Global circumnavigation to use nothing but solar

10th March 2015
Barney Scott

From the Wright Brothers' first powered flight in 1903, through the first solo global circumnavigation in 1933, to the proliferation of commercial aviation in the latter half of the 20th century, humanity has always held a special place in its heart for flight. On 9th March 2015, Solar Impulse 2 departed on the first leg of a groundbreaking mission: to fly around the world using only the power of the Sun.

Bertrand Piccard, son of famous explorer and oceanographer Jaques and grandson of inventor Auguste, will share pilot duties with Swiss compatriot André Borschberg, as the plane completes its 12-leg journey around the globe. At the time of writing, Solar Impulse 2 is nearing its third destination, Ahmedabad, India, having flown the 345 mile first leg from Abu Dhabi, UAE, to Muscat, Oman, in 12 hours.

The small four-propeller aircraft, pictured above on a test flight into Abu Dhabi, makes use of a 71.9m wingspan (for comparison, the plane is just 22.4m in length, and a Boeing 747-8I's wingspan is 68.5m) to access as much lift as possible and to provide 269.5m2 of PV panel real estate, accommodating 17,248 photovoltaic cells rated at 66kW peak. Taking off at 22mph, the plane has a nominal top speed of just 77 knots (87mph), but can use headwind to increase its velocity. Each propeller is powered by a battery, which takes its charge from the solar cells on top of the craft.

The Swisscom satcomms system utilised transmits over 100 different pieces of data to the Mission Control Centre, from temperature of the motors to the position of the aircraft and tension in the accumulators. Addressing the challenge of sending video whilst subject to extreme antenna weight constraints, a low-bandwidth 50kb/s solution was implemented by Swisscom. Weighing less than 5kg with an energy consumption not exceeding 50W, this solution is the pilot’s lifeline to the ground and a great tool for fans to feel part of the adventure. Data, video streams, insights and points of interest are relayed in real time and can be followed on the Solar Impulse website.

One of the project’s key successes was the energy system layout which optimises the energy system architecture, developed by Altran. A satellite energy system specialist was involved in the system’s design because of the similarities to the challenges and requirements in satellites.

A major difficulty which the team have had to face when designing a theoretically self-sustaining, everlasting vehicle is the human body's suitability (or lack thereof) for the task.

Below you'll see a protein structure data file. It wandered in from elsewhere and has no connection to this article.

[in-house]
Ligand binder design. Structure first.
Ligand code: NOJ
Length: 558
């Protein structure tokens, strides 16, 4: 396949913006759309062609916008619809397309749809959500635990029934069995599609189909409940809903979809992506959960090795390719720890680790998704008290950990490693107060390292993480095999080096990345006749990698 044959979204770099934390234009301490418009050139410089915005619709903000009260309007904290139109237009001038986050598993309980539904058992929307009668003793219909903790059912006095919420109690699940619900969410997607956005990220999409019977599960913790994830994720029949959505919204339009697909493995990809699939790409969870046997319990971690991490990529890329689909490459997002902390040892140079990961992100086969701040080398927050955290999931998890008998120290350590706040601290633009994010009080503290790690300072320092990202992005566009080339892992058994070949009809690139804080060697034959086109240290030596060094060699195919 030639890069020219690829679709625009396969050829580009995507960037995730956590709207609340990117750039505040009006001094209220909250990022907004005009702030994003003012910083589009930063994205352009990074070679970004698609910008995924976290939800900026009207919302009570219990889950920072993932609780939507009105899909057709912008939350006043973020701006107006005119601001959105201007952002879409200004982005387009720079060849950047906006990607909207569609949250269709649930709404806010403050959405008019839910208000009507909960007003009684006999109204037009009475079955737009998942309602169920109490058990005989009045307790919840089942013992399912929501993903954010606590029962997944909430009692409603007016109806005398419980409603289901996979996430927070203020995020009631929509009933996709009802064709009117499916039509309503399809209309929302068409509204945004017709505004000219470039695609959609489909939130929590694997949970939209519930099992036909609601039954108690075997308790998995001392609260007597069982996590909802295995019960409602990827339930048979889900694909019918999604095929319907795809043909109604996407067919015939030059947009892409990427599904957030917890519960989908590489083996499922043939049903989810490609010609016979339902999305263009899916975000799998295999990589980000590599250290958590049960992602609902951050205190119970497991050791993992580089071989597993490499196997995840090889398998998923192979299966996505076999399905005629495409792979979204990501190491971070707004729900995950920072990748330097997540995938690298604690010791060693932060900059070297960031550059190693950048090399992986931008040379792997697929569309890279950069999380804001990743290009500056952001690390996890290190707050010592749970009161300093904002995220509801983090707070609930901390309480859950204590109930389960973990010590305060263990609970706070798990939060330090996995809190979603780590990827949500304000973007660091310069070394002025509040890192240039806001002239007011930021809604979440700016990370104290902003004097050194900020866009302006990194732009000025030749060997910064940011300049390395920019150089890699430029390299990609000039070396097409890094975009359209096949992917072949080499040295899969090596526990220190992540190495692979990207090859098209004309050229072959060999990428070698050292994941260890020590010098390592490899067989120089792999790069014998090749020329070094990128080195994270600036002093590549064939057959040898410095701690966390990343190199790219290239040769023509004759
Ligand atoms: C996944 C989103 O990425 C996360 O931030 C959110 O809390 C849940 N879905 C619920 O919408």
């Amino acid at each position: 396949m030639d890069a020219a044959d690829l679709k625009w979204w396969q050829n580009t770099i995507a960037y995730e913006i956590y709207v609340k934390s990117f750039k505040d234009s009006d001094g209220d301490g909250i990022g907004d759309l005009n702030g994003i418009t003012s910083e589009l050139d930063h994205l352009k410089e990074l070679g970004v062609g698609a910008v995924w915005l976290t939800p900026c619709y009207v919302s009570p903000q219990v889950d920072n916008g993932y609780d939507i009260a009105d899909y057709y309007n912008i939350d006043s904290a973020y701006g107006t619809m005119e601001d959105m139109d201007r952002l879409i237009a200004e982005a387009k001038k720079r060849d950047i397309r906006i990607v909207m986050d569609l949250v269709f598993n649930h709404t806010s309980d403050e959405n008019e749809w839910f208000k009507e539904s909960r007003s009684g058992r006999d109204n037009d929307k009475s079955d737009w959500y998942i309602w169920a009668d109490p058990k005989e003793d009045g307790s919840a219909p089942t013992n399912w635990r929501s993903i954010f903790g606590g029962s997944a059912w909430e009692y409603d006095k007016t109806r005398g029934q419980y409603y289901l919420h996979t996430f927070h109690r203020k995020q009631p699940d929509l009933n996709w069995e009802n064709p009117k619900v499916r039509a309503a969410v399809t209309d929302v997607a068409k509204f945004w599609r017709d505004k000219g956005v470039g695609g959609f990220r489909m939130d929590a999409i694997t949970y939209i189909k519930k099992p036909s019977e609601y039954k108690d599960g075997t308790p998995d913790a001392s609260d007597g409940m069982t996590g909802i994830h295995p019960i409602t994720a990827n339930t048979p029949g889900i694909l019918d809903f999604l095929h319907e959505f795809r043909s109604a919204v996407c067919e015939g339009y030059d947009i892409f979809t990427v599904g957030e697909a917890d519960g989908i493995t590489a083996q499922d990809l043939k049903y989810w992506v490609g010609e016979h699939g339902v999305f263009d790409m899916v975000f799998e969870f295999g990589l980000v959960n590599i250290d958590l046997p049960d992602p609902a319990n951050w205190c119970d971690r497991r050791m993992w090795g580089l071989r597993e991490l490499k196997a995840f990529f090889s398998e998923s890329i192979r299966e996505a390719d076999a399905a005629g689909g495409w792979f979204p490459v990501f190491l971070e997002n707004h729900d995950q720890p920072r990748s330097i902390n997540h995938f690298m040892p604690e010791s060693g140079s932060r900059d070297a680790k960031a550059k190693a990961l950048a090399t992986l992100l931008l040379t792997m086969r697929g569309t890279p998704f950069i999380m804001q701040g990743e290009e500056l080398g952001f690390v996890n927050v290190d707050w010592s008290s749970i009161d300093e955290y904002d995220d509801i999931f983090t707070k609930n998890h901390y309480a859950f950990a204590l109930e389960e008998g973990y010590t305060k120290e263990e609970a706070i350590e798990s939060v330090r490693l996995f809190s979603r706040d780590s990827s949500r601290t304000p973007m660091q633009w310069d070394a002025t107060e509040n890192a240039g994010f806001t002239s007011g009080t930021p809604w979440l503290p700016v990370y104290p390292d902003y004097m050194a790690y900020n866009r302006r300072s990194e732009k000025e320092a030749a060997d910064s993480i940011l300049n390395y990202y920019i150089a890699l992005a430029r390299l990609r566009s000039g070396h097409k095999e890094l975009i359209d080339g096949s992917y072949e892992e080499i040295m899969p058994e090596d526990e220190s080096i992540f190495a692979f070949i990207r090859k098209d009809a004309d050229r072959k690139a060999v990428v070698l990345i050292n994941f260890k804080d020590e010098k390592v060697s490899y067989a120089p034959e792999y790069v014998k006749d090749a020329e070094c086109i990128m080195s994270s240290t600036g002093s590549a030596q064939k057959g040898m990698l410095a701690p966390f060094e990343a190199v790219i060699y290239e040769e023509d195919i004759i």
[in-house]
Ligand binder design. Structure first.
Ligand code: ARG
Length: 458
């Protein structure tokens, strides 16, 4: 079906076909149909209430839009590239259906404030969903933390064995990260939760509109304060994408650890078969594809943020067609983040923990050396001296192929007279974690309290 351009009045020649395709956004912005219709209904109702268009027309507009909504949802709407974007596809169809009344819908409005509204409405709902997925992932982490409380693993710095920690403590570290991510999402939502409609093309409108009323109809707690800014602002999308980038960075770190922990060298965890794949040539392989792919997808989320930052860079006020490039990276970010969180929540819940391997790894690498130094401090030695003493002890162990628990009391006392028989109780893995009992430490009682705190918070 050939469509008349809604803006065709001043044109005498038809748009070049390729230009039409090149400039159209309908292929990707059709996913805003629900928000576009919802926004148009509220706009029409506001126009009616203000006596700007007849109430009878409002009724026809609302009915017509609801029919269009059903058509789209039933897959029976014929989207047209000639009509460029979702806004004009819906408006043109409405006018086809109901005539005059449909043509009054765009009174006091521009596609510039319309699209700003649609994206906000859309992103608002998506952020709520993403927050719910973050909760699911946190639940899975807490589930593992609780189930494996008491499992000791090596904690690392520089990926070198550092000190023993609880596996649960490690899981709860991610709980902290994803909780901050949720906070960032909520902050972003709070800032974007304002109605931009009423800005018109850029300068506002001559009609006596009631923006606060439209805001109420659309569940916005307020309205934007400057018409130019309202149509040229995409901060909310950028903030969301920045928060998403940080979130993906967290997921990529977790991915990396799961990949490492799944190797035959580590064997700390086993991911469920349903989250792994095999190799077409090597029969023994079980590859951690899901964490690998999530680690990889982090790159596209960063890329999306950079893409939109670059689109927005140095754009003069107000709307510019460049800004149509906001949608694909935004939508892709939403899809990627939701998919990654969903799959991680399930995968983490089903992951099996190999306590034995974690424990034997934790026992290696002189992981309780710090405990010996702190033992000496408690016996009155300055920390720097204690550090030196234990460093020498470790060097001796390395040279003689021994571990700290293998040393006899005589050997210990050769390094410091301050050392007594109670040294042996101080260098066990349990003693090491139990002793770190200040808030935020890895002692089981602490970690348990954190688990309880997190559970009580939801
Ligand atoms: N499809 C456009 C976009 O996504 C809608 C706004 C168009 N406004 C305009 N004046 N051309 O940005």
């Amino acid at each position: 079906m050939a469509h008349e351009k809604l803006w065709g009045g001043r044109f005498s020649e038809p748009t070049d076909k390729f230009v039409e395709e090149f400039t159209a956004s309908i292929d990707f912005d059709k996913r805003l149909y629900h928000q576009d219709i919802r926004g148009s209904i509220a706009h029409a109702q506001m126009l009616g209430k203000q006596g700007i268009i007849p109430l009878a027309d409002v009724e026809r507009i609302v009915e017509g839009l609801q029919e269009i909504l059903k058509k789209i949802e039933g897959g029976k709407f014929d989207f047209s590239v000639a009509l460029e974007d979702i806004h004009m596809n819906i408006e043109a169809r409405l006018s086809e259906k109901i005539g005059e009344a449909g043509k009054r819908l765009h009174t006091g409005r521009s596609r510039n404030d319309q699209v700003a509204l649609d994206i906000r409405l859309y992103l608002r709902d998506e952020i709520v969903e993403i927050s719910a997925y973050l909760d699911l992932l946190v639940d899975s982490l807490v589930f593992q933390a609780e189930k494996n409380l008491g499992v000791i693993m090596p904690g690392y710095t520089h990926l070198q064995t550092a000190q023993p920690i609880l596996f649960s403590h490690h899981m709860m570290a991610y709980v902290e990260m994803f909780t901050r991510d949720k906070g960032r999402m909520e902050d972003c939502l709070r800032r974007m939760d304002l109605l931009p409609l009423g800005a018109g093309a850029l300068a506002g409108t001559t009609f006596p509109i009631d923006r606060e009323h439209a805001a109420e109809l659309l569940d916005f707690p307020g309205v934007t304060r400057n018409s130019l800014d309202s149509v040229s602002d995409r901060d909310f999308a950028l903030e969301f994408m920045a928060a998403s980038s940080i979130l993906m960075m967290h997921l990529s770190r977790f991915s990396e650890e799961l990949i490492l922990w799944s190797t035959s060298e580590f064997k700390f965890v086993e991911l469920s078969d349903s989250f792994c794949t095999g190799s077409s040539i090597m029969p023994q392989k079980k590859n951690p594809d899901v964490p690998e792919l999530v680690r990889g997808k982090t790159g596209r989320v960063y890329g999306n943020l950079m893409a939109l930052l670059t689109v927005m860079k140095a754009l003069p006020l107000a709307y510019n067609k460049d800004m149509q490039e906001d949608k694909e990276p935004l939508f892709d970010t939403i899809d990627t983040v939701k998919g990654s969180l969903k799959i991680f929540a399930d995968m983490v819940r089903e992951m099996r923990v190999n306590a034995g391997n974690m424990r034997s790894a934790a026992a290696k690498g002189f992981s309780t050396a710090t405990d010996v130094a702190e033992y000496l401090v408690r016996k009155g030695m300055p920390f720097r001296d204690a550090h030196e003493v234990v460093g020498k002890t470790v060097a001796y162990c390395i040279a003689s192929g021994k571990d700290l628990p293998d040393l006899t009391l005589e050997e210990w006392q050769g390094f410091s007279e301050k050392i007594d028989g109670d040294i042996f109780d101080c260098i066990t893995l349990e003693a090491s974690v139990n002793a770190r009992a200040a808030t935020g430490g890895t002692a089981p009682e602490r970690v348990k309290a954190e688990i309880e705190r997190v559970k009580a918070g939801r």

“What is really special, is that it is the first and only airplane in the world which has unlimited endurance. We have an airplane which is fully sustainable in terms of energy, and our challenge now is to make the pilot sustainable as well,” commented Borschberg. A combination of materials and technology will help insulate the pilot from the unforgiving -40 to +45°C temperatures, lack of oxygen, constrained space and mental challenges of hours and days spent at 39,000 feet.

When Solar Impulse 2 lands in each location, its team will carry out maintenance as well as try to spread a campaigning message about clean technology to governments, NGOs, schools, universities and people. After arriving in Ahmedabad, the plane will continue to Varanasi, before entering Myanmar and landing at Mandalay. After stopping in Chongqing and Nanjing, China, the plane will cross the Pacific, touching down in Hawaii on its way to Phoenix, Arizona. The next destination, still to be decided, is in mid-USA, from where Solar Impulse 2 will continue to New York. The plane will then cross the Atlantic, making a stop in either Southern Europe or North Africa, before returning to Abi Dhabi.

The price of solar electric panels fell 70% in recent years, costs are expected to halve again this decade, and Deutsche Bank forecasts that, based on current fossil fuel prices, solar will produce power as cheaply as gas in two thirds of the world before 2020. In the UK the solar industry could compete with wind within 18 months and with gas in the near future. In the USA, solar jobs already outnumber coal jobs.

It is clear that, however fragile the journey of Solar Impulse 2, it represents the bright future of human aviation. A successful circumnavigation will give weight to Piccard and Borschberg's message, helping inspire people to dream, create and realise the ‘impossible’.

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